Scheme: Industry Fellowship
Organisation: SRUC, Scotland’s Rural College
Dates: Jun 2007-May 2011
Summary: My research focuses on improving our understanding of the role of host genetics on the risk and prevalence of infectious disease in livestock populations, and on exploring whether genetic selection is a feasible possibility to combat infectious disease. For this purpose I develop mathematical models of host-pathogen interactions and of the spread of infectious agents in a population. The models integrate findings from genetic studies and combine these with relevant immunological and epidemiological aspects of the disease in consideration.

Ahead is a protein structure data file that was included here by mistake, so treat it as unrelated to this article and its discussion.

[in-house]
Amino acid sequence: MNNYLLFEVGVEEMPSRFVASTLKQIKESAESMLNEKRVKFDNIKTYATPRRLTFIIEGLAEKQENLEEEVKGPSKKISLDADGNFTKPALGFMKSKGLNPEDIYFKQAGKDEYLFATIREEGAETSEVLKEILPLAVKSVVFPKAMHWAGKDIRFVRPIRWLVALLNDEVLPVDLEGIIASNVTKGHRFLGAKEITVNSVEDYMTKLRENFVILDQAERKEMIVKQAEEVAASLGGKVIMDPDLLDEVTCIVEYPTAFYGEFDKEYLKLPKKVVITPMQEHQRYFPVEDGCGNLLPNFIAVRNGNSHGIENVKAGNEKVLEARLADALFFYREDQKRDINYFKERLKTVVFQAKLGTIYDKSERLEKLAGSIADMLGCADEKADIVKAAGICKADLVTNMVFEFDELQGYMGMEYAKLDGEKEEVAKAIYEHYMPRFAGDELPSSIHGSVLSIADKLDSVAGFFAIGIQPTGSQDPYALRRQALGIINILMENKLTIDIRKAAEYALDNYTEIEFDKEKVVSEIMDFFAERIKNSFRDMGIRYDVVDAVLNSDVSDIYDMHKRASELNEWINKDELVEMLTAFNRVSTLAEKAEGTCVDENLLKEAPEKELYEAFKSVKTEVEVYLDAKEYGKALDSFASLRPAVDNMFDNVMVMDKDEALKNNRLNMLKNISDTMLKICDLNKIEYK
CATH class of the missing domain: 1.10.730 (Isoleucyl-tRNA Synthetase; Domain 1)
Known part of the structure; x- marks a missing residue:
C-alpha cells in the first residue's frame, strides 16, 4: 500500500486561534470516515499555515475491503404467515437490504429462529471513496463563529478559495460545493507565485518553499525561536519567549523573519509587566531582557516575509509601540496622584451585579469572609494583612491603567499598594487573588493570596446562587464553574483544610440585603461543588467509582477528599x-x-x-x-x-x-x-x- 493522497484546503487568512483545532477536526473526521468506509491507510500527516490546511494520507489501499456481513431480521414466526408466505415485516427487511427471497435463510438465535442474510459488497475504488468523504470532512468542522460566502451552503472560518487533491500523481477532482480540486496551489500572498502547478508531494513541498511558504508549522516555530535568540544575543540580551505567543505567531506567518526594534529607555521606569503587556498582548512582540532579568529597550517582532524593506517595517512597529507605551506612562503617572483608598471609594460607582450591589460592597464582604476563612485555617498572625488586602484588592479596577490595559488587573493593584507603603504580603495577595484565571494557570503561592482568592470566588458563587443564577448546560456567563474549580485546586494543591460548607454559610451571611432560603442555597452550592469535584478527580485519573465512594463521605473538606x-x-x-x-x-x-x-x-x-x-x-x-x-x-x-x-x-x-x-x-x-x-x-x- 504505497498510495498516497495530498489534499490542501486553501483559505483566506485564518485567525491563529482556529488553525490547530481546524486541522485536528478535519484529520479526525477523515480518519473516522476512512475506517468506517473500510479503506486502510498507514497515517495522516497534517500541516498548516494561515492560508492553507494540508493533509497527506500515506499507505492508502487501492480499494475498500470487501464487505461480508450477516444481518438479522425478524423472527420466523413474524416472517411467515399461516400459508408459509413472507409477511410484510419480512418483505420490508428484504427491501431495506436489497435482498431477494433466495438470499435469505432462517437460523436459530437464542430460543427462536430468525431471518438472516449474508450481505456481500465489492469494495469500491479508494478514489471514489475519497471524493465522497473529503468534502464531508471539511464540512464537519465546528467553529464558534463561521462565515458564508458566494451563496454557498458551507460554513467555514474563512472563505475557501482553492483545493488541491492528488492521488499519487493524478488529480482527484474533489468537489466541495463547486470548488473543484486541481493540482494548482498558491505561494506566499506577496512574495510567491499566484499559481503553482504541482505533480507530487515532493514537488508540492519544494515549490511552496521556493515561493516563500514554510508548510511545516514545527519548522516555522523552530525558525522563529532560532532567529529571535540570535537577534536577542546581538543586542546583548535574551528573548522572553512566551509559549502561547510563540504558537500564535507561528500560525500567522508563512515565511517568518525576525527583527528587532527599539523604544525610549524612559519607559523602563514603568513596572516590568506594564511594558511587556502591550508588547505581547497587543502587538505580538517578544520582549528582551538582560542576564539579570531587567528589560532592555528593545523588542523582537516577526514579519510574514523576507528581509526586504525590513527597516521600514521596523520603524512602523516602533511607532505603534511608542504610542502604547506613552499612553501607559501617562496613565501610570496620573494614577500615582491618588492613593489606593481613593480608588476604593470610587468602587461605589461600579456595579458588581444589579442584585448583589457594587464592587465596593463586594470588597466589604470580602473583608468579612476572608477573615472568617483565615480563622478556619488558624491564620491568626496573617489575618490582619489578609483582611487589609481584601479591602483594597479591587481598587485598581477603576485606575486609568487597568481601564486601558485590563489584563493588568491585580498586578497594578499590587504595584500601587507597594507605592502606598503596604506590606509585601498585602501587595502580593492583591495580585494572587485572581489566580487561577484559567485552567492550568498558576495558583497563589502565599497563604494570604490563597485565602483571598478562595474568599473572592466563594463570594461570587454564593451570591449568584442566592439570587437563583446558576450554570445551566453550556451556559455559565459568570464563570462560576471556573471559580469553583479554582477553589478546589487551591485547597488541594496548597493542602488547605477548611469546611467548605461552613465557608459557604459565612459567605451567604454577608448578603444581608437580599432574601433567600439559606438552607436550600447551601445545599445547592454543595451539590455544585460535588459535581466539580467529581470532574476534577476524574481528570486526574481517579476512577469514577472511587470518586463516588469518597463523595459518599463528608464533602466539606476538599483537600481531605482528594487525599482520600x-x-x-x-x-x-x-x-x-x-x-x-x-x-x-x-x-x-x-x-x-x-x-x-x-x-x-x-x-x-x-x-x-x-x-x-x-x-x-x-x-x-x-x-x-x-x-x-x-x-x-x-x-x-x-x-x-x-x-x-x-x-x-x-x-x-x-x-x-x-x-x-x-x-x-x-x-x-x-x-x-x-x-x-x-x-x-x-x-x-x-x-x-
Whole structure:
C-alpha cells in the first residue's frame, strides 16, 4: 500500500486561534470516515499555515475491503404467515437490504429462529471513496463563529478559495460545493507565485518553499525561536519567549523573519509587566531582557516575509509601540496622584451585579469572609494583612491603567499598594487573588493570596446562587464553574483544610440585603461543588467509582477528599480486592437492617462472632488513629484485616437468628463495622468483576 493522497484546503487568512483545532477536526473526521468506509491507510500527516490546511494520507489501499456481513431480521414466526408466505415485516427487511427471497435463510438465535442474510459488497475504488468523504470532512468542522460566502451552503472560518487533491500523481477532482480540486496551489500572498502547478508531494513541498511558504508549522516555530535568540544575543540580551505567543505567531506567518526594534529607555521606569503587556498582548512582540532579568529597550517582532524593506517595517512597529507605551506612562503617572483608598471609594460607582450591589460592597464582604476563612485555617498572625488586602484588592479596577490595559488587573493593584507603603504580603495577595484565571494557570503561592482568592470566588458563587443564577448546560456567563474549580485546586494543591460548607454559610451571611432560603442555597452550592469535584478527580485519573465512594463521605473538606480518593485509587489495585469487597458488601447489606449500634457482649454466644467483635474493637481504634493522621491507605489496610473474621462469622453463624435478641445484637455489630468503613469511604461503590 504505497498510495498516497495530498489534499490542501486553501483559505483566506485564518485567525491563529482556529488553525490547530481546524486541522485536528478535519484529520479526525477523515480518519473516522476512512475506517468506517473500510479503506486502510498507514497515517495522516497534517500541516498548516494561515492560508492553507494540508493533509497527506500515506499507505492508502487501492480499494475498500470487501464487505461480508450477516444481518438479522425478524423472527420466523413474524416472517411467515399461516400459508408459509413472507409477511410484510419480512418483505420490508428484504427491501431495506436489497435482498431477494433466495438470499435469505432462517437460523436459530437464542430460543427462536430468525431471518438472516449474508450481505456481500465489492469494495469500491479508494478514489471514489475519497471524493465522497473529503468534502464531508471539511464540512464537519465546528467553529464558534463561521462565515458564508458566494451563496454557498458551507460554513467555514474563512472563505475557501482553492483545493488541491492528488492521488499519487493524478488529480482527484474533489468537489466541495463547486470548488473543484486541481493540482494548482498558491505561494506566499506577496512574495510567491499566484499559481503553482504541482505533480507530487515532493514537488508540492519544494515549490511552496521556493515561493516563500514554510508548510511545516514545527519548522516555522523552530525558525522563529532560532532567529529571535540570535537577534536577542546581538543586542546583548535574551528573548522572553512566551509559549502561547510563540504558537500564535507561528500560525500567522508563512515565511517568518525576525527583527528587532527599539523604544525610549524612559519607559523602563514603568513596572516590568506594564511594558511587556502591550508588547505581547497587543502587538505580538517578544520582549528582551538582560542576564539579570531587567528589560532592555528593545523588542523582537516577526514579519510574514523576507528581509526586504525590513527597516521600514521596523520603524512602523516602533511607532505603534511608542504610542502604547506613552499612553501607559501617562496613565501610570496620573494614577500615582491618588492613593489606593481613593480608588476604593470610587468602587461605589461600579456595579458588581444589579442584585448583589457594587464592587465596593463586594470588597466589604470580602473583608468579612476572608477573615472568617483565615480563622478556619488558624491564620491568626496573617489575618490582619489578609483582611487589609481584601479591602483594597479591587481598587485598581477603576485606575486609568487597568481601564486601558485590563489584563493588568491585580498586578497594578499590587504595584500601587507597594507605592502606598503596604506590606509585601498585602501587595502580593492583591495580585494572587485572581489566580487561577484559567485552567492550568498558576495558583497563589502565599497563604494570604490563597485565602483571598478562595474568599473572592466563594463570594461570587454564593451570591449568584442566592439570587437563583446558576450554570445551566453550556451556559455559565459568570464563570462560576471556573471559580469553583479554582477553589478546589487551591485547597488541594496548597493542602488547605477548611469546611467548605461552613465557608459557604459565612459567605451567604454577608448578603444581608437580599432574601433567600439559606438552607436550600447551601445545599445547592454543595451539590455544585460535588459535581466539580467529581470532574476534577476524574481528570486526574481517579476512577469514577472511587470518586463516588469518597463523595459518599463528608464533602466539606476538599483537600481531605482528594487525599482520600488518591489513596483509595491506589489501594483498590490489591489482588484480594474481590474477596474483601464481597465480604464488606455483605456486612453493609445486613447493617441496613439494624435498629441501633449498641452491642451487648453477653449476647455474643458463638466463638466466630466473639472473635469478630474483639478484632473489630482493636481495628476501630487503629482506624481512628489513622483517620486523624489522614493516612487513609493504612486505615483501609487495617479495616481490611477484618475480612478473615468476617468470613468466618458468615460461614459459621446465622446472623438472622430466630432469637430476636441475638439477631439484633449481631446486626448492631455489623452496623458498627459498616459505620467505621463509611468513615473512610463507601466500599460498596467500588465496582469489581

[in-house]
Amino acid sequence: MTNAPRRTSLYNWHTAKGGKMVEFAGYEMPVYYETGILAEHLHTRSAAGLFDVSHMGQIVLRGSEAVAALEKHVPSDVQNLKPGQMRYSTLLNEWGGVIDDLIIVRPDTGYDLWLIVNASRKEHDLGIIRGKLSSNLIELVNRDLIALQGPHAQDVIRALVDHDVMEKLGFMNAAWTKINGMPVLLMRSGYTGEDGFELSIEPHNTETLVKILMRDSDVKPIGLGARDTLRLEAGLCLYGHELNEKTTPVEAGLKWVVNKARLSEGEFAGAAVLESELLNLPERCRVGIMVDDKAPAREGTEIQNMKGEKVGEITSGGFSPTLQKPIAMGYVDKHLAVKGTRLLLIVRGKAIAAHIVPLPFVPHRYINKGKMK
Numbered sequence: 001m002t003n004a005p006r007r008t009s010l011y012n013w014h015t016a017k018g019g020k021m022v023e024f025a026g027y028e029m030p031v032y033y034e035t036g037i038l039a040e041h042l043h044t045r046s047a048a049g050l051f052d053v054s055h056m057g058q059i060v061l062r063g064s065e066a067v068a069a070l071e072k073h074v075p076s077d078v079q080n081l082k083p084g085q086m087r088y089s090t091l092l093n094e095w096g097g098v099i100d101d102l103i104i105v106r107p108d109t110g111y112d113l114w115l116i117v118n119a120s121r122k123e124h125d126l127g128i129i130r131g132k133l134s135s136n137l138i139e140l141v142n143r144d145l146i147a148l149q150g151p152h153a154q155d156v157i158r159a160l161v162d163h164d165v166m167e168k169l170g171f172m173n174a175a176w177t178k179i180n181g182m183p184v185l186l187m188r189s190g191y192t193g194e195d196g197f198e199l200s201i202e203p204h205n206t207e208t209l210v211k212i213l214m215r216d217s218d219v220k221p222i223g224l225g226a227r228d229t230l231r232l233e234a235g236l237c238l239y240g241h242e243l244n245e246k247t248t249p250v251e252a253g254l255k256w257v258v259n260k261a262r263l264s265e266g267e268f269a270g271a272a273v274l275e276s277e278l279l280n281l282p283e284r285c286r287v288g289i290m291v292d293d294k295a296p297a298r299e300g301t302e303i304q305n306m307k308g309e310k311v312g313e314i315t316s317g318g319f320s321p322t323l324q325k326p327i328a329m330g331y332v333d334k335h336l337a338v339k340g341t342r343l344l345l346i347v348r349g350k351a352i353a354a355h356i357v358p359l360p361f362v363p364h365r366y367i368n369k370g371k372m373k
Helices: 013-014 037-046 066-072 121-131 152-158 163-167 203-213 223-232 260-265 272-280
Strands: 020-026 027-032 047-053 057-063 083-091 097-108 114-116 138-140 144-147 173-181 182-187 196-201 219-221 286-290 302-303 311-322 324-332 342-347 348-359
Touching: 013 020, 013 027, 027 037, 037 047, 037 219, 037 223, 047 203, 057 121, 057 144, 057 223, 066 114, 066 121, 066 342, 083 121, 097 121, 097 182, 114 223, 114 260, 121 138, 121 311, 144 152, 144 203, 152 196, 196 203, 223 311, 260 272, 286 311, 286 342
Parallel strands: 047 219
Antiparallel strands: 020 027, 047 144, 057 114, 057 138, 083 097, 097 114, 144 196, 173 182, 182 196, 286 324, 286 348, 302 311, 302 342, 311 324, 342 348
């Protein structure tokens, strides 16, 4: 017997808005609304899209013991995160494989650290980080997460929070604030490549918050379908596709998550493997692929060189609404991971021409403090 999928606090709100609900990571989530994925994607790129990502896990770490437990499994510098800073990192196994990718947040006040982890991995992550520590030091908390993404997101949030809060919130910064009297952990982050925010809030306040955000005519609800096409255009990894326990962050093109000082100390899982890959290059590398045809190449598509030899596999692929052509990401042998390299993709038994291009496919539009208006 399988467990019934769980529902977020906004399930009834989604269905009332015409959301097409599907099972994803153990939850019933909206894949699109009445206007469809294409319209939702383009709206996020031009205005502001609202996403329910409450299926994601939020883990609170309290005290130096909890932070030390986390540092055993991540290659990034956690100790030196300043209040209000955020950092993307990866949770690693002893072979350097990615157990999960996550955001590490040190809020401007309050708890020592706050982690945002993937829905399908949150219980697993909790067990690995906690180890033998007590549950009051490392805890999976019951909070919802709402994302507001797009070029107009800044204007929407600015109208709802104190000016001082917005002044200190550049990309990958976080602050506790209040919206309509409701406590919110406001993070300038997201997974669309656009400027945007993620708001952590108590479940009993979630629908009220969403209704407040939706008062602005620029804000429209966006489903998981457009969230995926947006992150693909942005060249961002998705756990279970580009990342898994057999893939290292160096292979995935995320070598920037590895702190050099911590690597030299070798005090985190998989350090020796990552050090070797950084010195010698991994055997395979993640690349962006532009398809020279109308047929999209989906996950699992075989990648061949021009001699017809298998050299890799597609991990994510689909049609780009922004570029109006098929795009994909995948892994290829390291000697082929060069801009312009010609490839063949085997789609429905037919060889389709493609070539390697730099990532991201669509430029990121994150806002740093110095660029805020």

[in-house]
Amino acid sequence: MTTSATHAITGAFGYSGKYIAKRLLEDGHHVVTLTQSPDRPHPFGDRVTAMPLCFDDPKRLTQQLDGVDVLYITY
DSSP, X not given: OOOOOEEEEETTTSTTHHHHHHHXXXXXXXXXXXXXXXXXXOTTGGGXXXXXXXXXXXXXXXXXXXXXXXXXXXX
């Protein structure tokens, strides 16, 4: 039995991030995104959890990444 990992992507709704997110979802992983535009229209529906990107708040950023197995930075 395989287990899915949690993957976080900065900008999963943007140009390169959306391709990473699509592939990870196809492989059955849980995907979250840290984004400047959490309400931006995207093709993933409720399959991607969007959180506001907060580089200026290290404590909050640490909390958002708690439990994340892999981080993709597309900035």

Much of my research focuses on the Porcine Reproductive and Respiratory Syndrome (PRRS), which is a high priority disease for pig production worldwide, causing devastating effects on animal health and welfare and performance. In collaboration with geneticists at the Roslin Institute and industry, I am currently developing models that address the following questions (i) What causes the decline in virus load at the early stage of infection? (ii) How does host genetics in susceptibility to PRRSV influence infection characteristics and how could this be exploited for controlling the disease? Model results (in combination with results of in-vitro studies) suggest that viral load decline could be caused by changes in the permissiveness of host target cells for the virus, and that these changes are influenced by the host genotype and the virus. The model results have implications for the development therapeutics, for the design of genomic studies, and in the long-term for the design of breeding programmes that aim to increase host resistance to infectious pathogens.